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Contemporary Beadwork of the Ndebele of South Africa

A beadworker at Esther's shop in KwaMhlanga district.

by Bucklee Bell

Botshabelo woman with beaded headpiece.

The Ndebele are a cultural group living in northeast South Africa in an area called the Transvaal or KwaNdebele, northeast of the capitol, Pretoria. They were originally part of the migration of Bantu cultural groups from Central and East Africa into southernmost Africa around 300-400 AD.

The Ndundza branch of the Ndebele (who primarily do the beadwork) were defeated by Boer (Dutch) settlers in 1885, and for five years were slaves on Boer farms. Freedom came in 1890, but to this day the Ndundza have been dependent on Boer farmers for work.

The Dutch took all the good farmland and the Ndebele were left landless. They suffered much during apartheid and this undoubtedly affected their beadwork.

Ivor Powell (1995:108) wrote, "As the Ndebele are concerned, the demonstrable history of beadworking goes back only as far as the second half of the nineteenth century, when Europeans bearing beads of Czechoslovokian origin penetrated the hinterland and came into contact with people living in present day Transvaal."

Because there are photographs and examples of sophisticated beadwork from this period. I think its safe to assume the Ndebele didn't just start doing intricate beadwork in the late 1800's, but must have had some beadworking tradition before this time.

Up until World War Two, Ndebele beadwork was done in predominately white seed beads with a few simple designs, usually in black, blue or red. Grasses were used for thread.

After the war they started using more color in their striking designs. They matched the beadwork designs with those they painted on their houses, for which they are equally famous.

In the summer of 1999 I visited South Africa for the first time and was impressed by the volume and quality of the beadwork for sale. I believe that the Ndebele are one of the most prolific beadworkers on the planet. I visited several places they sell their beadwork, including:

The Saturday Flea market and Bruma Lake market in Johannesberg.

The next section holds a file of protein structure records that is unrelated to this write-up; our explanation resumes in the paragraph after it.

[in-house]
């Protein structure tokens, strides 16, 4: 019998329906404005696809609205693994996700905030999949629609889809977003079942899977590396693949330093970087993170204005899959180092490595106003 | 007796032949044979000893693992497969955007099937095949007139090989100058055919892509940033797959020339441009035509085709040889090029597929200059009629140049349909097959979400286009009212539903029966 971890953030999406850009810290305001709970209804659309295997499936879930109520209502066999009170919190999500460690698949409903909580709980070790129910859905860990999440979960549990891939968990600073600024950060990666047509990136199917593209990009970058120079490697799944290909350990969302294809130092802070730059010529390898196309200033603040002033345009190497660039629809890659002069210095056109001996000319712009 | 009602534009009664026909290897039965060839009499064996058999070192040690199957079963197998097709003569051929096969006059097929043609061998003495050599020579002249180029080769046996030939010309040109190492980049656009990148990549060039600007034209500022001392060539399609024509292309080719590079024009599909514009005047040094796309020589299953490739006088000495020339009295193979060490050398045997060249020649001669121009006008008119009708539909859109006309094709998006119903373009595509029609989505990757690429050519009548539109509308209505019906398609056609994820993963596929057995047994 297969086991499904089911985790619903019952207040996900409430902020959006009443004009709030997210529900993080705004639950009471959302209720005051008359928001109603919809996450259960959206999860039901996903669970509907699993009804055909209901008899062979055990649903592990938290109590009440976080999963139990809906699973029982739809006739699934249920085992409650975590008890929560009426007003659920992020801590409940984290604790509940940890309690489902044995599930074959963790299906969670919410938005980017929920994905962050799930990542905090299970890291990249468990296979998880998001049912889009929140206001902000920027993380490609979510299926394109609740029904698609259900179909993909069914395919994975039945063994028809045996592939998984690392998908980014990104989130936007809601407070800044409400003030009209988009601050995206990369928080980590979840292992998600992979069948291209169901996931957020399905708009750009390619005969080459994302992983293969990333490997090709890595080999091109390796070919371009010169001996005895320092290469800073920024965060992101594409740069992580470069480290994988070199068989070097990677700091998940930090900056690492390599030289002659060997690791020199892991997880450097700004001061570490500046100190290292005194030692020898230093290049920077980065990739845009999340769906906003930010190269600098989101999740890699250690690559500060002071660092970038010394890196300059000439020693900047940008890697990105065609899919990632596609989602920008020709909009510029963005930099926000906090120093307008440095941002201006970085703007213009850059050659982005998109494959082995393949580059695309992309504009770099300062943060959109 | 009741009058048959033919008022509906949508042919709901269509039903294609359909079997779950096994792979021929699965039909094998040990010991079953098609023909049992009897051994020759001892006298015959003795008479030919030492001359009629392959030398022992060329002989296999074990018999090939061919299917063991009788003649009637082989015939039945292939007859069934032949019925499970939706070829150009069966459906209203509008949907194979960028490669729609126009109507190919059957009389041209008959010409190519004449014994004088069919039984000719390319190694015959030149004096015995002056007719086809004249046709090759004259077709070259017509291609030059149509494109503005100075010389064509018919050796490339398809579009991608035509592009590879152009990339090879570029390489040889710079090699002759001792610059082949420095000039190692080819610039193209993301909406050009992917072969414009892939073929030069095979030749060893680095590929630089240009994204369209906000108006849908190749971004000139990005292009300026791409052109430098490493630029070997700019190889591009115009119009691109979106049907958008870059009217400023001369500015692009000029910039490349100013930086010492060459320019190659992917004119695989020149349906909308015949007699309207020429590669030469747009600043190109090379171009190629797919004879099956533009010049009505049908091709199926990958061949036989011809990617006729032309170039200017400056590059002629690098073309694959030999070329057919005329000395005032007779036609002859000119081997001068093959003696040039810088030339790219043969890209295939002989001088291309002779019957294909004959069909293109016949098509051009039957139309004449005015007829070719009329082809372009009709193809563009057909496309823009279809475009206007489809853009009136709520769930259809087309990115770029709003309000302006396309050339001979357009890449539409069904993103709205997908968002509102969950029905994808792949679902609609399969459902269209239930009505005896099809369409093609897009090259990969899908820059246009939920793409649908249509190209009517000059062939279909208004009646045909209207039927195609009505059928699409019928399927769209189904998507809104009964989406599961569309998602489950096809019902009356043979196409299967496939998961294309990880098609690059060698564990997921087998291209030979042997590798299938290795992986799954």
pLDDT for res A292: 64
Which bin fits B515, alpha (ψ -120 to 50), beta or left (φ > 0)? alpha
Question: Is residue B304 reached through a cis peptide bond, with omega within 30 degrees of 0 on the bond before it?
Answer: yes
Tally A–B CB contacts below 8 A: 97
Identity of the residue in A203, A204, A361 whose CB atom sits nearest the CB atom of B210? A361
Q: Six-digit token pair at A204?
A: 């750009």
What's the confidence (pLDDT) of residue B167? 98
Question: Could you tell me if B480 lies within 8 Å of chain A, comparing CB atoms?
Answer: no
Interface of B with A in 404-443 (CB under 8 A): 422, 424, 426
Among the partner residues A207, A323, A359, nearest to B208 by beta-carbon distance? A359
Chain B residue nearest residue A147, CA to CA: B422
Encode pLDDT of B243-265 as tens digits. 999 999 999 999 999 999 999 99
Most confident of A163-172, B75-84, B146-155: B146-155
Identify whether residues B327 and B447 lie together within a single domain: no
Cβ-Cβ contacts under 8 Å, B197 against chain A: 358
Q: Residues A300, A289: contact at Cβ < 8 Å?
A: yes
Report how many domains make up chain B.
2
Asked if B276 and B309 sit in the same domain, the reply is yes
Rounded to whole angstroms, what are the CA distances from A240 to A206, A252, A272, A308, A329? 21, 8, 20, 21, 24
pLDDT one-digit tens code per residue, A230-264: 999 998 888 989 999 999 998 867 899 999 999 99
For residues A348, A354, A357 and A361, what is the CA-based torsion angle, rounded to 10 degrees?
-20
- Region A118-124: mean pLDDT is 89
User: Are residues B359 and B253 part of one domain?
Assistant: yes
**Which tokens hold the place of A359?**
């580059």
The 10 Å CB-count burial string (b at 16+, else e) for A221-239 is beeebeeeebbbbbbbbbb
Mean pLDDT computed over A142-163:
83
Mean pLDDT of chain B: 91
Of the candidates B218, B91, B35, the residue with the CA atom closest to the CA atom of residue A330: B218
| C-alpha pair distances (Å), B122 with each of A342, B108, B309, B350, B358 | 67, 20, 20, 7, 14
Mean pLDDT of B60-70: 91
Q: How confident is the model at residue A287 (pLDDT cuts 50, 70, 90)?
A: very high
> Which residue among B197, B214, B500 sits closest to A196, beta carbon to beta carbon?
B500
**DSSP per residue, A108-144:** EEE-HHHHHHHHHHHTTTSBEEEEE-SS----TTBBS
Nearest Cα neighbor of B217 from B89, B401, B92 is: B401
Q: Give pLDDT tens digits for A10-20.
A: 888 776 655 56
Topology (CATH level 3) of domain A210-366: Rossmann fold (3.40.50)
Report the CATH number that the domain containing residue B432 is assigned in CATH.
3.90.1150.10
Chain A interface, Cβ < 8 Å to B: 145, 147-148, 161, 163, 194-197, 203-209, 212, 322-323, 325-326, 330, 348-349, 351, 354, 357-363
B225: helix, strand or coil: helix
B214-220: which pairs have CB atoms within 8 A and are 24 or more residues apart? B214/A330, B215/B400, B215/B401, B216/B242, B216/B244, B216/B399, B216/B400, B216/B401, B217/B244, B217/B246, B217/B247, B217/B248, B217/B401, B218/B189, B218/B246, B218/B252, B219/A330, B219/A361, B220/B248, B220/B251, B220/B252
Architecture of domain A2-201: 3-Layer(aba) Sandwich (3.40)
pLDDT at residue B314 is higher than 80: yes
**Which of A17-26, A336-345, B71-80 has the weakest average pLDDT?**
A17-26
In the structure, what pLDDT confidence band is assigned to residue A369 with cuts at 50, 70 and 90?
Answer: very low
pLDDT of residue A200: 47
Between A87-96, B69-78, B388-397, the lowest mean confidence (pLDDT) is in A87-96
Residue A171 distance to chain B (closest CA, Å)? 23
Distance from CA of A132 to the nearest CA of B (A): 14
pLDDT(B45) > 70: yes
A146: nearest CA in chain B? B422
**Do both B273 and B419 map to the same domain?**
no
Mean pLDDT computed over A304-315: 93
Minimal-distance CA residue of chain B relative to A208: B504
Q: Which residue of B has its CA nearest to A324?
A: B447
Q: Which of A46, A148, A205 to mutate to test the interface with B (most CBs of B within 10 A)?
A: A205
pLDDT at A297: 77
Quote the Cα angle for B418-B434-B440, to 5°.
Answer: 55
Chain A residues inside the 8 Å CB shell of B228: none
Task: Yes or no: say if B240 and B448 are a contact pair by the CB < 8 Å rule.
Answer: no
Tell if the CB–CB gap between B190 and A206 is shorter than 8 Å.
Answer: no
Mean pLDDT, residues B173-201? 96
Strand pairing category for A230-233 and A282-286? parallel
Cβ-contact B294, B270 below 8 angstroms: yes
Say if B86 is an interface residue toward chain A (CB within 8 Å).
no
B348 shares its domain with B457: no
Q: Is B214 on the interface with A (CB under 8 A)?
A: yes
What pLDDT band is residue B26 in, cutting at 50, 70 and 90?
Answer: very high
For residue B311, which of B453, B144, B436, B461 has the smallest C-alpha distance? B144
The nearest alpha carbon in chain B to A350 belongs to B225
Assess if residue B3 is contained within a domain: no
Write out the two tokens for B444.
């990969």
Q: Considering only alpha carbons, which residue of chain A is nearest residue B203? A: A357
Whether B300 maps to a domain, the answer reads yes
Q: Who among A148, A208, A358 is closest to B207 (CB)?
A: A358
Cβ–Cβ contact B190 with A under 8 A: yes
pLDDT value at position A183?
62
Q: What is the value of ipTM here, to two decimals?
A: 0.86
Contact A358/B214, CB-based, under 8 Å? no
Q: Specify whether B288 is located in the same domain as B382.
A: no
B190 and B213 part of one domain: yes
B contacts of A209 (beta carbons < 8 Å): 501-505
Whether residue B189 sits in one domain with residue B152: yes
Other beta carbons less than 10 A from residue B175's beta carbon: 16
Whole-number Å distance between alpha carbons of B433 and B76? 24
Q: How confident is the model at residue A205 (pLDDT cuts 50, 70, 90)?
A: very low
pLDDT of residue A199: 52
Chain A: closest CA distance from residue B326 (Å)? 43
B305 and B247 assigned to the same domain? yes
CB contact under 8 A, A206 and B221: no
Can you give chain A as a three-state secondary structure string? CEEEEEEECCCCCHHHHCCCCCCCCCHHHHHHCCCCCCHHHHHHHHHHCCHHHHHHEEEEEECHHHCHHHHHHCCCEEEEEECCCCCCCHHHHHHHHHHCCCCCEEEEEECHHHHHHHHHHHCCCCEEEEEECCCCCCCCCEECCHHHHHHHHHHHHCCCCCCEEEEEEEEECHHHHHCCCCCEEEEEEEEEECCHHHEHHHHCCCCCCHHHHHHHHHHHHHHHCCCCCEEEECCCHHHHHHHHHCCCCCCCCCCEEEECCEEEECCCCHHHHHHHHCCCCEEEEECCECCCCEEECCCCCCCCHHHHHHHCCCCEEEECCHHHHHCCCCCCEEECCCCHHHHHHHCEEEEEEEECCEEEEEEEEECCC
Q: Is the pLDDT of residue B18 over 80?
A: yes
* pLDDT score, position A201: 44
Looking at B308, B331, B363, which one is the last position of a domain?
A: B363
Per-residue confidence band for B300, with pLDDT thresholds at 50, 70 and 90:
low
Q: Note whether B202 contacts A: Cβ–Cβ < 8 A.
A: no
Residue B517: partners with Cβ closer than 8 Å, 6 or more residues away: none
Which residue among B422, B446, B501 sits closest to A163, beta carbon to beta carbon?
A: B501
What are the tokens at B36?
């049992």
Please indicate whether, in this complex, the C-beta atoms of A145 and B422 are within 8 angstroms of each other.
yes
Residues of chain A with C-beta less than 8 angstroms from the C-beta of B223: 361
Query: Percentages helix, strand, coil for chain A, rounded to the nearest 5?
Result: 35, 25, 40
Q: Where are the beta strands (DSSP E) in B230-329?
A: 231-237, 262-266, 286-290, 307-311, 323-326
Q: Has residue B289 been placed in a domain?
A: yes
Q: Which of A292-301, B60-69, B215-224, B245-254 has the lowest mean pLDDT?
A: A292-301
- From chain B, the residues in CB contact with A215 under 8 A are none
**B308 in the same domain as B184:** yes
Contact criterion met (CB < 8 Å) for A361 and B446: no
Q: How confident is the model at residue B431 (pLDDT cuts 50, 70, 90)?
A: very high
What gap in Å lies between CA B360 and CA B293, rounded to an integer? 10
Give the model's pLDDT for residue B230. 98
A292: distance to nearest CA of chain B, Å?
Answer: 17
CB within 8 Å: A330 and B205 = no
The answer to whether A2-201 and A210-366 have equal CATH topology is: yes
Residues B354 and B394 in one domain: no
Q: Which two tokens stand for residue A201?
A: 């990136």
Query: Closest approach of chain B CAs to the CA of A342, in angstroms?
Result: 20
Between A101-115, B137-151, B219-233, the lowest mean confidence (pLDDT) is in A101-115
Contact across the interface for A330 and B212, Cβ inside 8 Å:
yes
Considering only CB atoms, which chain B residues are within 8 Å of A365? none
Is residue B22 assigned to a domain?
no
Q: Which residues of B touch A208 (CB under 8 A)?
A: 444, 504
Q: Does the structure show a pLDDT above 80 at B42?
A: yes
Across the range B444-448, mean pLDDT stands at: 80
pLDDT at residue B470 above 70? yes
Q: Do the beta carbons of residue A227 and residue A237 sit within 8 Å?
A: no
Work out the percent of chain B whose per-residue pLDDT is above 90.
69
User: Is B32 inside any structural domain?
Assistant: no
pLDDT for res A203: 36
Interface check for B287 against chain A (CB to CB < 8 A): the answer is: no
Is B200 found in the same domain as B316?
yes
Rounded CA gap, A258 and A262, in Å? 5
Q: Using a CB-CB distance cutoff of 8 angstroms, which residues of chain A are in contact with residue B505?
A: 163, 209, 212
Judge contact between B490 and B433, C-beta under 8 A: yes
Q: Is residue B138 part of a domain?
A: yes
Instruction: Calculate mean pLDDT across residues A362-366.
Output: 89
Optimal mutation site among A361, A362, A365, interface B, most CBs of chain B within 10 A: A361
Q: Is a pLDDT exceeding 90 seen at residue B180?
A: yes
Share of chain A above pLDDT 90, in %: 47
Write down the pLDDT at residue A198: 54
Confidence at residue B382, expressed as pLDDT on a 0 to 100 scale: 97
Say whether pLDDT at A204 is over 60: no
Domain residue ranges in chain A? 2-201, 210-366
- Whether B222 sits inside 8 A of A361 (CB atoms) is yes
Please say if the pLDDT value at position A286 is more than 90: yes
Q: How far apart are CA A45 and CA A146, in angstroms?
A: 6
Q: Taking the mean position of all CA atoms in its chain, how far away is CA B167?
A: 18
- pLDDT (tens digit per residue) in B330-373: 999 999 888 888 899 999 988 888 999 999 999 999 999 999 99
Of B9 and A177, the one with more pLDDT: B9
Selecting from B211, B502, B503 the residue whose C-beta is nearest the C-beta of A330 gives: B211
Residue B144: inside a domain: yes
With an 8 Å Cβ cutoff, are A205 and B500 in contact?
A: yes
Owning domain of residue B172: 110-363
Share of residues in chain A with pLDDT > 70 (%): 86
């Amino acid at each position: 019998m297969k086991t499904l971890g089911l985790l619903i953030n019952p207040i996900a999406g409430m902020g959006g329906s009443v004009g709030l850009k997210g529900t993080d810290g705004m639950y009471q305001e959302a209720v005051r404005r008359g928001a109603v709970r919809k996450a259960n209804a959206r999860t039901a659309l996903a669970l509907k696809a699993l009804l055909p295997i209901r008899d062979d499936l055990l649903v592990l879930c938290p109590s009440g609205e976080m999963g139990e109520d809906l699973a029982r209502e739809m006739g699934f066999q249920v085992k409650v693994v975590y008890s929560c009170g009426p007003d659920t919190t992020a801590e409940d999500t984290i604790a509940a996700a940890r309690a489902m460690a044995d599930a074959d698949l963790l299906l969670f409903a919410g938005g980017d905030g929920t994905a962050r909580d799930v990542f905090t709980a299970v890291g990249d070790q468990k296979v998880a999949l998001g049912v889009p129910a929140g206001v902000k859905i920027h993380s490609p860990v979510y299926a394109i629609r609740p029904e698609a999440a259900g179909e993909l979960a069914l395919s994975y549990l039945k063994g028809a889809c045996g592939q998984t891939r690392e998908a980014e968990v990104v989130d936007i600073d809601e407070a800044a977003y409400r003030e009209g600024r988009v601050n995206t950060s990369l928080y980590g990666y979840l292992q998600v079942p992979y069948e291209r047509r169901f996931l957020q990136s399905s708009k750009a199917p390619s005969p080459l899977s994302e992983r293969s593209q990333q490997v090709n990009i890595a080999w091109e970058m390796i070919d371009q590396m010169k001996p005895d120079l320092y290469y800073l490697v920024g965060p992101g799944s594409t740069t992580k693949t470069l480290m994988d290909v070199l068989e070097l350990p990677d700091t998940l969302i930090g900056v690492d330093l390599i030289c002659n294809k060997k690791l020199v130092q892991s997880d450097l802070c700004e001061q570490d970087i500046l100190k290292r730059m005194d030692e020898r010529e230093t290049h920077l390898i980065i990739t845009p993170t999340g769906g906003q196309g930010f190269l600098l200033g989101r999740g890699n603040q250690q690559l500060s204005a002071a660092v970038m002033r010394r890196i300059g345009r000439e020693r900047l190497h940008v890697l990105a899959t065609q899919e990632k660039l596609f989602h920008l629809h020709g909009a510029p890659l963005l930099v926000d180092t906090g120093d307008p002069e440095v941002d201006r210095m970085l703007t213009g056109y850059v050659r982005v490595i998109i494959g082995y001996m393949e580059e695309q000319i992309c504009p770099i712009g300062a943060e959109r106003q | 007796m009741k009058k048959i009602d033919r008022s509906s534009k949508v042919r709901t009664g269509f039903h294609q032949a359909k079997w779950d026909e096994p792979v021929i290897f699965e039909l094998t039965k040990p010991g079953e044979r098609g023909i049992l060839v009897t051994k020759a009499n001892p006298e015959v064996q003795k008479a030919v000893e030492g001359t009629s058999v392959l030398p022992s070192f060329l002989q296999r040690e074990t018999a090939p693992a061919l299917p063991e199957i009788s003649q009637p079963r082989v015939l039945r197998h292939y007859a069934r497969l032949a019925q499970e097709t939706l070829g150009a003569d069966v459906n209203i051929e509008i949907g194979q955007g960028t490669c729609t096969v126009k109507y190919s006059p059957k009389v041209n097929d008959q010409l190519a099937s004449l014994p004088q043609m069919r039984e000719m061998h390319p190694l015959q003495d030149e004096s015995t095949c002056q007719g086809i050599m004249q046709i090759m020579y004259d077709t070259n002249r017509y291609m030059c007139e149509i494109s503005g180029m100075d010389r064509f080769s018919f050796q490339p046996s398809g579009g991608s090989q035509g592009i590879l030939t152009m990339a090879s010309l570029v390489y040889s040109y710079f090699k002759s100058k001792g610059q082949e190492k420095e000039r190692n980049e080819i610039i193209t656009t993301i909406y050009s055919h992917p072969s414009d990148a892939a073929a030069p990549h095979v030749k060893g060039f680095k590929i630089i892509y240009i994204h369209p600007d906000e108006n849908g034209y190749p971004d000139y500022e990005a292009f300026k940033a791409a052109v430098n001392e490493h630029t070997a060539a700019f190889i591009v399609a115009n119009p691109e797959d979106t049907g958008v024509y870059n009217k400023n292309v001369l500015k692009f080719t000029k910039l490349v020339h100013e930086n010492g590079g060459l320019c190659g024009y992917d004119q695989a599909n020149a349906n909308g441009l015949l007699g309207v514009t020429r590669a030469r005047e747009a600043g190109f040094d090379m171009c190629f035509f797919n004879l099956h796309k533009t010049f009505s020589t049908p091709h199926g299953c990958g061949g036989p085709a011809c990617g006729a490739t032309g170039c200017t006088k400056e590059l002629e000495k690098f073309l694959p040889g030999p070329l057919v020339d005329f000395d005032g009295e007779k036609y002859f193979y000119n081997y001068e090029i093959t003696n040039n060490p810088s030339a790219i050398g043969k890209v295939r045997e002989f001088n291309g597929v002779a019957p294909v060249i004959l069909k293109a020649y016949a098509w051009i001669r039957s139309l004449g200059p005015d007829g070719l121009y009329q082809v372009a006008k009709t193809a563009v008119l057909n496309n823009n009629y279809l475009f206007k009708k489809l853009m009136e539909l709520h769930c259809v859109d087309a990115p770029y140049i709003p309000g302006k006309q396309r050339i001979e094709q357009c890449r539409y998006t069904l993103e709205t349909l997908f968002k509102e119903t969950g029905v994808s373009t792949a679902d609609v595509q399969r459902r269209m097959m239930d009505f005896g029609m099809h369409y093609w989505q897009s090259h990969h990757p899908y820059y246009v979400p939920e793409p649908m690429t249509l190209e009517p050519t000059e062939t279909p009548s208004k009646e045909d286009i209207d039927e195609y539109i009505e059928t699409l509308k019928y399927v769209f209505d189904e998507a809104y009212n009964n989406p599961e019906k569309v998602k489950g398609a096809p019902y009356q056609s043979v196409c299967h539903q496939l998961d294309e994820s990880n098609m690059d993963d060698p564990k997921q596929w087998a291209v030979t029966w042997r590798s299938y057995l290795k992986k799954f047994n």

The market near the zoo entrance In Pretoria.
Botshabelo Village north of Middleburg.
Ndebele Traditional Village and Museum near Loopspruit Winery, north of Bronkhorstpruit.
 KwaMhlanga village, especially the Esther Curio Shop (right). Esther is a famous Ndebele artist who has painted Ndebele designs on airplanes, Mercedes Benzes, etc. She was at an art exhibit in Europe, so I missed her.


The Beadwork

The Ndebele produce beadwork for small trinkets and intricate beaded trains, capes and aprons.

One of the most commonly seen is the nyoga (right). They are approximately three to five inches (7.5 to 12.5 cm) wide by three to four feet (90 to 120 cm) long.

They are based on the bridal train worn by Ndebele women in the early twentieth century.

They are now made (left) using many colors and designs similar to their house paintings. These pieces are interesting in that the beadwork stands alone without backing sewn to it. The weaving process is done by hand and there is no loom. I think size 100 seed beads are used. Some beadworkers call it the " Ndebele Herringbone Weave." According to Blakelock (1990:70), "This is a simple off loom technique which produces a dense mat of beads in a pattern reminiscent of herringbone or knit. The beads incline towards one another in pairs, with only a tiny bit of thread showing." Nice strong pieces of beadwork.

The Ndebele make modern copies of their traditional aprons. There are several styles of apron according to the woman's age and marriage status. The isiphephetu or pepetu (Carey 1986:37) is a rectangular flat stiff apron (right). Mothers make them for unmarried daughters who have undergone female initiation rites. In recent times these are beaded on canvas instead of leather.

The work on this piece (left) appears to be a single herringbone weave attached to the stiff backing.

Another type of apron commonly seen and reproduced for the tourist trade is the jocolo (Carey 1986:33, 37) or amajogolo (Mountain 1995: 35). This is usually a fully beaded leather apron (right) with five fingers at the bottom and beadwork done in lazy stitch. These are married women's aprons.

The Ndebele make some very fine beaded baby dolls that display miniature examples of the adult woman's beaded wardrobe.

In particular the dolls usually have beaded izigolwani (far right), large hoops worn around the neck, arms, waist and legs of properly attired Ndebele women (center).

Some items in a more commercial vein are gourds and bottles with a net weave over them.

On the right is also a small broom with a beaded handle.

Beaded animals such as this wooden crocodile are also sold as souvenirs. The seed beads on these objects are beaded with string and beaded around the object


Many Ndebele products are available over the Internet. The buyer should be aware of quality and workmanship before buying anything.


Blakelock, Virginia (1990) Those Bad, Bad Beads. Privately published, Wilsonville OR (USA).

Carey, Margaret (1986) Beads and Beadwork of East and South Africa. Shire Publications, Aylesbury, UK.

Clarke, Duncan (1998) African Hats and Jewelry. Chartwell Books, London.

Durant, Judith and Jean Campbell (1998) The Beaders Companion. Interweave Press. Loveland, CO (USA).

Fisher, Angela (1984) Africa Adorned. Harry N. Abrams. New York.

Mountain, Alan (1995) Ndebele Artist Nation. Struik Publishers, Capetown.

Powell, Ivor (1995) Ndebele, A People and their Art. Cross River Press, New York.

© 2000 Bucklee Bell


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